Victoria needs a socially just plan to cut transport emissions

We’re now facing a climate crisis. The world’s leading scientists have warned that global greenhouse gas emissions must be eliminated if we’re to avoid catastrophic climate impacts.

With key policy levers in place to decarbonise Victoria’s electricity sector, policymakers must turn their attention to decarbonising the transport sector – the state’s second largest and fastest growing source of emissions.

Transport is the state’s second biggest and fastest growing source of carbon emissions.Credit:Justin McManus

It is this context in which a debate around electric vehicle policy has emerged, particularly around the state government’s proposal for a road-user charge on electric vehicles (EVs).

Victoria is a progressive state. And a progressive state needs a socially-just plan to cut transport sector emissions and deploy EVs.

If a government wanted to decarbonise the transport sector within a social justice framework, it would first and foremost invest in active transport and public transport infrastructure and services. And it would ensure that the latter was powered by renewables and accessible to all. How to do this is well known.

But what can a state government do to deploy electric vehicles within a social justice framework?

Probably the most important thing would be to electrify the government’s vehicle fleet. This would create demand, strengthen supply chains, and bring second-hand EVs to the market – deployment measures that lower prices for everyone.

Governments should follow US President Joe Biden’s example and convert their car fleets to electric vehicles.Credit:Alex Ellinghausen.

This is the approach championed by the Biden administration. The President says that the federal government’s 650,000-strong fleet of vehicles will be replaced with EVs made by American workers.

A commitment from the Andrews government to electrify every government vehicle, every bus, and every ambulance would create an opportunity for local manufacturing and jobs.

Secondly, investment in enabling infrastructure is critical so that car owners have confidence to switch to cleaner technology. The state government is already doing this although it should ramp it up through installing more charge stations across Melbourne and regional Victoria.

Thirdly, the government could facilitate no-interest loans or cash incentives targeted to low-income groups who want EVs but can’t afford them. The benefit of this mechanism is that it can cease when EVs come down the cost curve.

Will the Victorian government adopt these measures? I hope so. It’s forthcoming Climate Strategy is a logical place to put a serious EV deployment policy on the table.

More charging infrastructure is needed to help make EVs accessible.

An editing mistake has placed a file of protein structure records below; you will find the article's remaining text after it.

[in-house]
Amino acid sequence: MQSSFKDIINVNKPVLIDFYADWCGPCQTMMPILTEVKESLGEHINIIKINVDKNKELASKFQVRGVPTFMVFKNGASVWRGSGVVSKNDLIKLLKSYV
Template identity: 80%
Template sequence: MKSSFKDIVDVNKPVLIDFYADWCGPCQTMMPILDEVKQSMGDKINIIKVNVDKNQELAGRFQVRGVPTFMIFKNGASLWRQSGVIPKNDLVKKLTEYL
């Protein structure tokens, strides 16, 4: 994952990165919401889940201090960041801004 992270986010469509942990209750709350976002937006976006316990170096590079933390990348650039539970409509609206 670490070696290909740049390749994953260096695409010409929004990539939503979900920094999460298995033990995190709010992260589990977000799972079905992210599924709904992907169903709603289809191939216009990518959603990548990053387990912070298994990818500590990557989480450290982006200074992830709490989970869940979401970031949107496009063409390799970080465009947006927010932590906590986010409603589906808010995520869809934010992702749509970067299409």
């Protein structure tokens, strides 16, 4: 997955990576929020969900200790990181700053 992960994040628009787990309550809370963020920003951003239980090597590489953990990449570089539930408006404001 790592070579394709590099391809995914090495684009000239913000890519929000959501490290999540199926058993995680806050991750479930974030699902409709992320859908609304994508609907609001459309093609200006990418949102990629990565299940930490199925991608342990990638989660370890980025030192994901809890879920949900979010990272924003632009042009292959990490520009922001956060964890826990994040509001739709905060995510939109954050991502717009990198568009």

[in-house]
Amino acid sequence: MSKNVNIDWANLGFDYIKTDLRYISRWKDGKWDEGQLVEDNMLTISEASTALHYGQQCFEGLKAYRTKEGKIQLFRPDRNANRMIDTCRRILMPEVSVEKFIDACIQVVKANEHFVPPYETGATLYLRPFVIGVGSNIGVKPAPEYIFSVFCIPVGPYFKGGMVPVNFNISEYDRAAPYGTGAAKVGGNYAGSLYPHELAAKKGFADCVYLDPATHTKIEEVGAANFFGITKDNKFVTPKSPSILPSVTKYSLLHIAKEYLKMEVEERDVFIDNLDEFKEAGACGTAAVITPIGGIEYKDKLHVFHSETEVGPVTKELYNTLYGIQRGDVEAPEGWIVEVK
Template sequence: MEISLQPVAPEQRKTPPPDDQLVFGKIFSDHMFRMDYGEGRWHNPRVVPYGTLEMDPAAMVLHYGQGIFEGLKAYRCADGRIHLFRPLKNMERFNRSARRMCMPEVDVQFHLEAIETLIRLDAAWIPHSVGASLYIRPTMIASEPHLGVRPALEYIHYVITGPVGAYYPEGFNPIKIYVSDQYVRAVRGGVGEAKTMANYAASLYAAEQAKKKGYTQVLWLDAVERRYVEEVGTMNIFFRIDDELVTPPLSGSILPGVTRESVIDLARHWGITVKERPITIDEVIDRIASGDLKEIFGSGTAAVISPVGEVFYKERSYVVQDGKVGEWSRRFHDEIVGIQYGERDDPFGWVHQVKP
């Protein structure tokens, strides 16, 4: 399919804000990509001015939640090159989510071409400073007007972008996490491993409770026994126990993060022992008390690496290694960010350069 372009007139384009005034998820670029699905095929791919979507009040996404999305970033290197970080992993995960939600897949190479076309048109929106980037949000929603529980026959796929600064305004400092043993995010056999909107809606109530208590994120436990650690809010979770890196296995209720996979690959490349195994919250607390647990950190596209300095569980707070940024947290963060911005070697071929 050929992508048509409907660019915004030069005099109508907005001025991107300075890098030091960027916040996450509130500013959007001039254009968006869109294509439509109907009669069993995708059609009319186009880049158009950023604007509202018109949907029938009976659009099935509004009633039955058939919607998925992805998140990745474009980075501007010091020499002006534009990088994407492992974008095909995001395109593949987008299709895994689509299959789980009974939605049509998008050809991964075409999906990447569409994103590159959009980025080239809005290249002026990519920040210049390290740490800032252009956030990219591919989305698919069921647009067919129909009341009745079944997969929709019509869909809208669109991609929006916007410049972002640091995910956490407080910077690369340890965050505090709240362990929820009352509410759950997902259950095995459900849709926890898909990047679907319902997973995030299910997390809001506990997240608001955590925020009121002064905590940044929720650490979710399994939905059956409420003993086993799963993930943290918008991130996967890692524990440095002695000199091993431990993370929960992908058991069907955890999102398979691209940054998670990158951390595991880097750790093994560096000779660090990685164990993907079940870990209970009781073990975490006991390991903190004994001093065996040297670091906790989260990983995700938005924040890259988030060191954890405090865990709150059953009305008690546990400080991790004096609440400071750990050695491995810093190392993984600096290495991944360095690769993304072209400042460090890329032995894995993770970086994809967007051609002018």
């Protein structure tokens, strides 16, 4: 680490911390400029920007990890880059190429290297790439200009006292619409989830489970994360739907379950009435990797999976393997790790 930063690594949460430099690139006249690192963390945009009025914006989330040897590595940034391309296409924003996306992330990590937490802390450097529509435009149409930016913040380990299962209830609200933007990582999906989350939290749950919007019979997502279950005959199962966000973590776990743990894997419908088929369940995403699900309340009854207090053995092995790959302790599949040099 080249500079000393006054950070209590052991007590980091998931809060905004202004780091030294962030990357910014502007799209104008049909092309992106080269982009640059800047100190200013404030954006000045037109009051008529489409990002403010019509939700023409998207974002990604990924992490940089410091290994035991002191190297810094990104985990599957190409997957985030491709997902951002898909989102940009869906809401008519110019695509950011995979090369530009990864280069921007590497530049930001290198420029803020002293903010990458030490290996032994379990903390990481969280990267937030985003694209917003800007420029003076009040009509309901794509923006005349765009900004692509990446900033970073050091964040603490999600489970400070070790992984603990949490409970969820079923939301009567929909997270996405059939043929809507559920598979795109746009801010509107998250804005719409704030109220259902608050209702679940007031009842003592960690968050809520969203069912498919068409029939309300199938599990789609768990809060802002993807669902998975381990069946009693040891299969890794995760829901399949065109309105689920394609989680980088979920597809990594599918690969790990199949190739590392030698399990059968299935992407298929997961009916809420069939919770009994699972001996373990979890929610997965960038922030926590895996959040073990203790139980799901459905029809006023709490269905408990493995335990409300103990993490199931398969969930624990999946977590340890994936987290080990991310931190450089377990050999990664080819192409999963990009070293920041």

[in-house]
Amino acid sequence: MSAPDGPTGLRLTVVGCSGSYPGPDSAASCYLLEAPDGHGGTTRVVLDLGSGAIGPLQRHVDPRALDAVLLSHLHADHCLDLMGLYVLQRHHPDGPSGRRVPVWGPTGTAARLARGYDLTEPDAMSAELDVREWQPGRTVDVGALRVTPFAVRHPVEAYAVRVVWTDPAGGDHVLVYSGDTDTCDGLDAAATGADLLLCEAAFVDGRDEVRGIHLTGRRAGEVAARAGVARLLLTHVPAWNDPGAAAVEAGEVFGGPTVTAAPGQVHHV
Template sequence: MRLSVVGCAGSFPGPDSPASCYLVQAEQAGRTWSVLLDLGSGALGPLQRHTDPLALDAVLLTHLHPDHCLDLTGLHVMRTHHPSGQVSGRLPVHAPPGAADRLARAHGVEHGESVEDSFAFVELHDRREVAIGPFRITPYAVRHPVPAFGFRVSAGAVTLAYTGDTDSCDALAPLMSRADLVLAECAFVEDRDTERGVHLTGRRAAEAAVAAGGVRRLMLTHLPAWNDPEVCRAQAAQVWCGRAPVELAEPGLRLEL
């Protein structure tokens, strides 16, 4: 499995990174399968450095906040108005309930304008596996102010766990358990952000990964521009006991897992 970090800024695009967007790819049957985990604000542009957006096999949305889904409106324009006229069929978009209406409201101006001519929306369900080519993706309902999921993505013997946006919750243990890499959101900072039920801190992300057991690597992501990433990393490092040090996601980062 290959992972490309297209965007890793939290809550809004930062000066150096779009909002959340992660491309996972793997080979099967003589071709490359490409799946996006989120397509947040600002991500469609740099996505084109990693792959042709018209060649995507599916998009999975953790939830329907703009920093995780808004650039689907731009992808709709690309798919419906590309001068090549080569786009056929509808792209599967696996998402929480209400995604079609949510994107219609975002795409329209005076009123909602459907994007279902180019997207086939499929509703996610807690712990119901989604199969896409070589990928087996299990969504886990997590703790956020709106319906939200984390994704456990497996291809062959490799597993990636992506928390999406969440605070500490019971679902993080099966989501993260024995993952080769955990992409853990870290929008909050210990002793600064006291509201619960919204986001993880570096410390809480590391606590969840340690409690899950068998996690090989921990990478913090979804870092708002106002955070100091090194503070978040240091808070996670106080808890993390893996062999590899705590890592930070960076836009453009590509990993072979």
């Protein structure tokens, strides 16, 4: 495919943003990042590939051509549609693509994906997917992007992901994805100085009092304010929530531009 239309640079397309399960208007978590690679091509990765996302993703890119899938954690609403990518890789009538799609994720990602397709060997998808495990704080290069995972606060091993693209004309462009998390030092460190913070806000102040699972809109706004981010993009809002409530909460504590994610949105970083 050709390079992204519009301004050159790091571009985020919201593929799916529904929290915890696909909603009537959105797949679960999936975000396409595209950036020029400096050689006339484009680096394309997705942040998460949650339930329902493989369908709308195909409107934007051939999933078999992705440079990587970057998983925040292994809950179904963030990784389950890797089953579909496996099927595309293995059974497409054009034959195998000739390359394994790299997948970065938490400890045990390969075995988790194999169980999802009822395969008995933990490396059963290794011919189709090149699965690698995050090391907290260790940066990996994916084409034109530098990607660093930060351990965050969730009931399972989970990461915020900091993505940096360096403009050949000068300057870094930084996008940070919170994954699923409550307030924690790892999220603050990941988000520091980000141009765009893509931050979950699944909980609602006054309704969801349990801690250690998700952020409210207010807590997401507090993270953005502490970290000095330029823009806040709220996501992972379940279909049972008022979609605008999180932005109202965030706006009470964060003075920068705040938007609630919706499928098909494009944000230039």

In terms of accelerating the rollout of EVs, you’d imagine that exempting EV owners from the long-standing arrangement of road-users chipping in to the common wealth to make a contribution towards road building and maintenance (and other public services) would be low on the list.

The Age’s state political editor Annika Smethurst took issue with the proposal, arguing that it undermines the Andrews government climate credentials (“Electric vehicle tax undermines Daniel Andrews’ talk on climate”, April 22).

The argument is based on what linguist and cognitive scientist George Lakoff identifies as a conservative “tax as punishment” frame. The framing elicits a strong emotional response and misrepresents tax.

US Supreme Court justice Oliver Wendell Holmes wrote that “taxes are the price we pay for a civilized society”. It’s the mechanism through which we chip in to the common wealth to fund common good infrastructure and services –the platform for our economy.

I don’t know about you, but I’m proud to pay taxes. I like having public schools, teachers, public hospitals, nurses, firefighters, transport infrastructure, and so on.

The existing fuel-excise tax that car owners pay at the petrol pump goes to the federal government’s consolidated revenue. It’s not solely used for roads, but does make a meaningful contribution to the revenue pool that underpins road infrastructure.

By getting out ahead of the federal government, the state government’s EV road-user charge would give Victoria greater control over how the revenue from road users is invested.

The proposal positions the state to generate revenue from a technology with great potential to disrupt the car-ownership model.

It’s plausible that, in coming years, the combination of EVs, smart-phone “ride-sharing” apps (such as Uber), and driverless vehicles will result in a shift from car ownership to a service model where people access cars as needed rather than as an item of ownership. And if that eventuates, it’d be Elon Musk and Uber paying the charge, not your stereotypical car owner.

There could be a way to square the circle on the government’s proposal and achieve a good outcome for community and climate.

Could the proposed road-user charge be treated as a “hypothecated levy”, with any revenue raised allocated towards helping Victoria tackle the climate crisis?

Structuring the road-user charge in this way could fund socially-just initiatives to rein in transport sector emissions, such as those mentioned in this article, as well as other initiatives to cut emissions across the whole economy.

Decarbonising the transport sector is about more than road-user charges for EV owners. Let’s keep social justice front of mind in efforts to tackle the climate crisis so no Victorians get left curbside.

Leigh Ewbank is Friends of the Earth’s Act on Climate co-ordinator and has campaigned for climate solutions since the mid 2000s. These views are his own.

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